Indexed on: 13 Oct '16Published on: 13 Oct '16Published in: Carcinogenesis
Non-melanoma skin cancers (NMSC) are a growing problem given that solar UVB radiation exposure is increasing most likely due to depletion of the atmospheric ozone layer and lack of adequate sun protection. Better preventive methods are urgently required to reduce UV-caused photodamage and NMSC incidence. Earlier, we have reported that silibinin treatment activates p53 and reduces photodamage and NMSC, both in vitro and in vivo; but whether silibinin exerts its protective effects primarily through p53 remain unknown. To address this question, we generated p53 heterozygous (p53(+/-)) and p53 knockout (p53(-/-)) mice on SKH-1 hairless mouse background, and assessed silibinin efficacy in both short- and long-term UVB exposure experiments. In the chronic UVB exposed skin tumorigenesis study, compared to p53(+/+) mice, p53(+/-) mice developed skin tumors earlier and had higher tumor number, multiplicity and volume. Silibinin topical treatment significantly reduced the tumor number, multiplicity, and volume in p53(+/+) mice but silibinin' protective efficacy was significantly compromised in p53(+/-) mice. Additionally, silibinin treatment failed to inhibit precursor skin cancer lesions in p53(-/-) mice but improved the survival of the mice. In short term studies, silibinin application accelerated the removal of UVB-induced DNA damage in p53(+/+) mice while its efficacy was partially compromised in p53(-/-) mice. Interestingly, silibinin treatment also inhibited the UVB-induced inflammatory markers in skin tissue. These results further confirmed that absence of the p53 allele predisposes mice to photodamage and photocarcinogenesis, and established that silibinin mediates its protection against UVB-induced photodamage, inflammation and photocarcinogenesis partly through p53 activation.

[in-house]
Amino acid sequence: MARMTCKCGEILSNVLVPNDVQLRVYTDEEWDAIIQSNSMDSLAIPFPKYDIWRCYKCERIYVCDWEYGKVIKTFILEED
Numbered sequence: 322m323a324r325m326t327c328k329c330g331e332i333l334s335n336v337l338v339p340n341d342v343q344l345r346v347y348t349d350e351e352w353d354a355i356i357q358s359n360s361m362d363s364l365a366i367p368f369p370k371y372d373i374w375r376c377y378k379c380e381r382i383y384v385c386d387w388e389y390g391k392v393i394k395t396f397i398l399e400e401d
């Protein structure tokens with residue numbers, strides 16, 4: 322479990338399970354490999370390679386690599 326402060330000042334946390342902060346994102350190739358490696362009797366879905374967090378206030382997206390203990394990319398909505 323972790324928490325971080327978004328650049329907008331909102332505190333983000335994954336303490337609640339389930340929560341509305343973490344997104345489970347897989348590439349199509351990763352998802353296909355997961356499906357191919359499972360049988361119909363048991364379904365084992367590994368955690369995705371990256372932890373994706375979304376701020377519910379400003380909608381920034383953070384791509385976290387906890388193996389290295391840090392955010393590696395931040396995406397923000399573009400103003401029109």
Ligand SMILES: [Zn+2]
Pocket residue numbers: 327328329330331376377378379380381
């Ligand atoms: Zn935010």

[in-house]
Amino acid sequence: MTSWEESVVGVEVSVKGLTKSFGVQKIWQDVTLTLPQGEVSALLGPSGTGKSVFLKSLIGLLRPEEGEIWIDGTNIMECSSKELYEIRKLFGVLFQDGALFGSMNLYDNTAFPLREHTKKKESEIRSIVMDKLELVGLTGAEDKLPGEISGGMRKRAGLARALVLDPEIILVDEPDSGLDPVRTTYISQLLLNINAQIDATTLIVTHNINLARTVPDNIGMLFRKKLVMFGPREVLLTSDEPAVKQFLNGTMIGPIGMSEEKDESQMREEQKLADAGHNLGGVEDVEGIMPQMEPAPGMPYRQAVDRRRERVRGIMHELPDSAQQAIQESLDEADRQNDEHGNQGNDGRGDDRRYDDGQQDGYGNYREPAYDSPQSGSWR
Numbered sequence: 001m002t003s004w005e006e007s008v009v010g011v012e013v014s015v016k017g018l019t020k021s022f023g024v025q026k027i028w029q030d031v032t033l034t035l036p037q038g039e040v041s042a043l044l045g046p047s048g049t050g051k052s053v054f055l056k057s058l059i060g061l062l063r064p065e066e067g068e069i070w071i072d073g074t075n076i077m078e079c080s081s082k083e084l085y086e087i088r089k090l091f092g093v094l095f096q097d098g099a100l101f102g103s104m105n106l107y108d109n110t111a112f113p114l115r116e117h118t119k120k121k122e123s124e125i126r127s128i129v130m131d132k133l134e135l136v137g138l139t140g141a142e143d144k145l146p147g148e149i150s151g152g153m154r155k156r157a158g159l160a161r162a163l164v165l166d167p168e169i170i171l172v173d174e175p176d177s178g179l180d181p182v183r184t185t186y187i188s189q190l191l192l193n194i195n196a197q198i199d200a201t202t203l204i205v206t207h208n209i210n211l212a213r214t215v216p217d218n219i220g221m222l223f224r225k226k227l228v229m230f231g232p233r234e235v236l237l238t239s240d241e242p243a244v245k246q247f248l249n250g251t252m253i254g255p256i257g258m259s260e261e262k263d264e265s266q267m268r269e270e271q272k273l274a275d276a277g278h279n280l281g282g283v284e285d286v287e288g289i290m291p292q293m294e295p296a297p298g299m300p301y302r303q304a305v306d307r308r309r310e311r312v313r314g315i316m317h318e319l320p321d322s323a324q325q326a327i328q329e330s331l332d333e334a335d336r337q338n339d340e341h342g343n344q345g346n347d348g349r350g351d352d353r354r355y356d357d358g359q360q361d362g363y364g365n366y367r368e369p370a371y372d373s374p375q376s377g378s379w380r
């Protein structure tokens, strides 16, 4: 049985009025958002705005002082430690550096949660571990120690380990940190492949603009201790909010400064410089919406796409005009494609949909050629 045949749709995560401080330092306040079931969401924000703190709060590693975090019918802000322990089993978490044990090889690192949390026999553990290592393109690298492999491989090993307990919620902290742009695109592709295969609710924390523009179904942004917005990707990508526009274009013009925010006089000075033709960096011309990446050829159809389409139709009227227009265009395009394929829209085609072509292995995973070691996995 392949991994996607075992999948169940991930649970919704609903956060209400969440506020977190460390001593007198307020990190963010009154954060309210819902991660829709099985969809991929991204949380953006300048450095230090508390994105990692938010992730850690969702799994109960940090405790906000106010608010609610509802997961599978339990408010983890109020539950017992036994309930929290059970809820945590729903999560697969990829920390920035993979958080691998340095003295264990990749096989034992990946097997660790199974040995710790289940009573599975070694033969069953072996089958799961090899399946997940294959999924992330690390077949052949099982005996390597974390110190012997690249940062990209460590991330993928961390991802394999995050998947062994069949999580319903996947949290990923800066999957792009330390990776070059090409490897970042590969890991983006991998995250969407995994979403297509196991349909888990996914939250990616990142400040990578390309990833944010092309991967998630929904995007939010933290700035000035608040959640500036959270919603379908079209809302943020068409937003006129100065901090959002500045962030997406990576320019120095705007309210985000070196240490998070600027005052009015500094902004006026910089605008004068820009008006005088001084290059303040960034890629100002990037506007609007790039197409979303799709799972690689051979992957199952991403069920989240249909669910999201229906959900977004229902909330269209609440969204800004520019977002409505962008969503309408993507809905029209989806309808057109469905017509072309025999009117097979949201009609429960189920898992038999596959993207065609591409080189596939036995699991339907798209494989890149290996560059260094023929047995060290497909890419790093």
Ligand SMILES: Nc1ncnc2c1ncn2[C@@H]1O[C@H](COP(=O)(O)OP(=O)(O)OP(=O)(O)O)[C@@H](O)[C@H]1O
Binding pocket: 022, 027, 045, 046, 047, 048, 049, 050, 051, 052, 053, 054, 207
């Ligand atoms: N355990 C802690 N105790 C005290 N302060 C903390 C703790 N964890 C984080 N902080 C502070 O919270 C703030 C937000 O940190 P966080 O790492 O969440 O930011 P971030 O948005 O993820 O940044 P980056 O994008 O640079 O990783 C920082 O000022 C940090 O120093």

Indexed on: 17 May '05
Published on: 17 May '05 in Cancer epidemiology, biomarkers & prevention : a publication of the American Association for Cancer Research, cosponsored by the American Society of Preventive Oncology